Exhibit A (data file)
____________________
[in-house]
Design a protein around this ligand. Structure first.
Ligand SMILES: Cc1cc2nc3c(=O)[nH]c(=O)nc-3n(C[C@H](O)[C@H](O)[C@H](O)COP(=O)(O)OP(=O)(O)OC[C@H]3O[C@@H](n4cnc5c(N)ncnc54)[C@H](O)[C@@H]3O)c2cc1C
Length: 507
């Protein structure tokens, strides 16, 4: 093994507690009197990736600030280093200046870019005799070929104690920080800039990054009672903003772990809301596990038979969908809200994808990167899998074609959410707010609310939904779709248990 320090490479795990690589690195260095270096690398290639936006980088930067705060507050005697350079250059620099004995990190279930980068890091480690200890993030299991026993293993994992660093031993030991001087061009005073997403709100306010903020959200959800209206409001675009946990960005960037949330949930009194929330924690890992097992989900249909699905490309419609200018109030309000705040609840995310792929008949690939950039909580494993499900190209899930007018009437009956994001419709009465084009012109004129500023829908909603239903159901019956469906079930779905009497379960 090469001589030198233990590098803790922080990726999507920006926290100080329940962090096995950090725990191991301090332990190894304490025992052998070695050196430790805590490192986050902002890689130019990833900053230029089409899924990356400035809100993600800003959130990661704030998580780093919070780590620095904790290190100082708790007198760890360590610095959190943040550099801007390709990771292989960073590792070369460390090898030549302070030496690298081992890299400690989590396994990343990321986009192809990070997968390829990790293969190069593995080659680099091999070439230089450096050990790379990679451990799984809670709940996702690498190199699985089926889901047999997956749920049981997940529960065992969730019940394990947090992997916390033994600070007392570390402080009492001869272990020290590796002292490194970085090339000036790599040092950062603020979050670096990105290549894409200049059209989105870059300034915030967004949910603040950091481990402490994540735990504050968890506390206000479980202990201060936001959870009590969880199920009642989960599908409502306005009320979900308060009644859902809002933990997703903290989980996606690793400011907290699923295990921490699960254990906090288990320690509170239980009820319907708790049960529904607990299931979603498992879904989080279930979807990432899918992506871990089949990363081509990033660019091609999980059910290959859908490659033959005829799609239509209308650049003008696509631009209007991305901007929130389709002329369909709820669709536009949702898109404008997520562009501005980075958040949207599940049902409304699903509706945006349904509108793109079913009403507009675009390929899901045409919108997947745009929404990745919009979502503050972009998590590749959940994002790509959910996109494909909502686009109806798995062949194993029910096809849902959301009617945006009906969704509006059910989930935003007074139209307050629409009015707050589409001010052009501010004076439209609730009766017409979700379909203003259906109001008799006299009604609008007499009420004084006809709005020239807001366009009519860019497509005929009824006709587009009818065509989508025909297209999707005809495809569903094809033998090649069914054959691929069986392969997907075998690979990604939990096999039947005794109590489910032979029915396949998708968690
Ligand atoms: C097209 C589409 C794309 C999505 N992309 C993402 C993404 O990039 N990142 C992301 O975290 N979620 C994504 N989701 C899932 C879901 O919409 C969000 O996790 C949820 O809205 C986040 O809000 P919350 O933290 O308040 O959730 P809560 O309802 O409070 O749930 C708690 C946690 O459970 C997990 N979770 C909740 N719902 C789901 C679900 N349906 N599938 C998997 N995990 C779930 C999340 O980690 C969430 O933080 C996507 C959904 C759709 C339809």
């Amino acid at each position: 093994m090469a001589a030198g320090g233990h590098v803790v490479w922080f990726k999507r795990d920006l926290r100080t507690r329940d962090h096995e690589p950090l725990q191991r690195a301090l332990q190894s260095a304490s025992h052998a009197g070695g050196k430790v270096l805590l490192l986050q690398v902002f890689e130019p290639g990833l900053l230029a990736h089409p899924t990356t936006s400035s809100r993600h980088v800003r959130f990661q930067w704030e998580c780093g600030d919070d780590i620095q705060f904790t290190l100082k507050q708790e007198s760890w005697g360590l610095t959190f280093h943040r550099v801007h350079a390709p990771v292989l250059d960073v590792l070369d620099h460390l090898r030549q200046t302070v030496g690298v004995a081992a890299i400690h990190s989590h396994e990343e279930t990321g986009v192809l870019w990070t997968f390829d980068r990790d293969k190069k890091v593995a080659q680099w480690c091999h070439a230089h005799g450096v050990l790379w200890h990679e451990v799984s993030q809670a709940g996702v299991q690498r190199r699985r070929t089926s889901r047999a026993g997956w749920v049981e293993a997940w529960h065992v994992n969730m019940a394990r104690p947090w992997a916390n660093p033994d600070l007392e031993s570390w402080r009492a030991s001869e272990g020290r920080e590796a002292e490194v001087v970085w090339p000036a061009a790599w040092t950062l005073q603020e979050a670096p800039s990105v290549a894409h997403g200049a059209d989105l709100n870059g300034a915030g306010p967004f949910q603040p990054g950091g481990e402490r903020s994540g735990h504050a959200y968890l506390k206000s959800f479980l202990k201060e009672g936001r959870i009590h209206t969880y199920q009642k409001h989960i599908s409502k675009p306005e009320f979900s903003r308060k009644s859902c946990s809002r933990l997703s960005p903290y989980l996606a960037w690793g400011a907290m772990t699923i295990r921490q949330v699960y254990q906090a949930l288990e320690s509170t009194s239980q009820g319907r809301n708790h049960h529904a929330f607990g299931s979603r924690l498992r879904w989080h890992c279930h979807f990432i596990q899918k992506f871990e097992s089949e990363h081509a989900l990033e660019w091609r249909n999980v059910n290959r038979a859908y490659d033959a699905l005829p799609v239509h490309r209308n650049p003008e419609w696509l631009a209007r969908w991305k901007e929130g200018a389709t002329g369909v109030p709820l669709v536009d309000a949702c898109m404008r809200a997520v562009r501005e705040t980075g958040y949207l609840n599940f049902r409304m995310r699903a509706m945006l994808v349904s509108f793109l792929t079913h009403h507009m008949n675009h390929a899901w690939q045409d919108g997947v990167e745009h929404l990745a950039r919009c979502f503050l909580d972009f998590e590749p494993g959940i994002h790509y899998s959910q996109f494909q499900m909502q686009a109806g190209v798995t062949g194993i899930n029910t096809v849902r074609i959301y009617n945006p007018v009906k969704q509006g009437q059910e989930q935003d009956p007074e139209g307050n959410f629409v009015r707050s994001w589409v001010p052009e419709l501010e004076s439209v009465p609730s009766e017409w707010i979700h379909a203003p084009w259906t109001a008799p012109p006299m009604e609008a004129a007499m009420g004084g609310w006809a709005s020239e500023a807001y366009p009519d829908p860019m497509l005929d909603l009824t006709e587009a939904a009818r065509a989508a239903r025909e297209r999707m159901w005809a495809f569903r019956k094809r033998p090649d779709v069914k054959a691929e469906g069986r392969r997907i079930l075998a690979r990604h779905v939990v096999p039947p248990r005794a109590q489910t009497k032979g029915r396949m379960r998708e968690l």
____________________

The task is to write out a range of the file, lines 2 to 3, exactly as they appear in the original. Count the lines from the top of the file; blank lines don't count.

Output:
Design a protein around this ligand. Structure first.
Ligand SMILES: Cc1cc2nc3c(=O)[nH]c(=O)nc-3n(C[C@H](O)[C@H](O)[C@H](O)COP(=O)(O)OP(=O)(O)OC[C@H]3O[C@@H](n4cnc5c(N)ncnc54)[C@H](O)[C@@H]3O)c2cc1C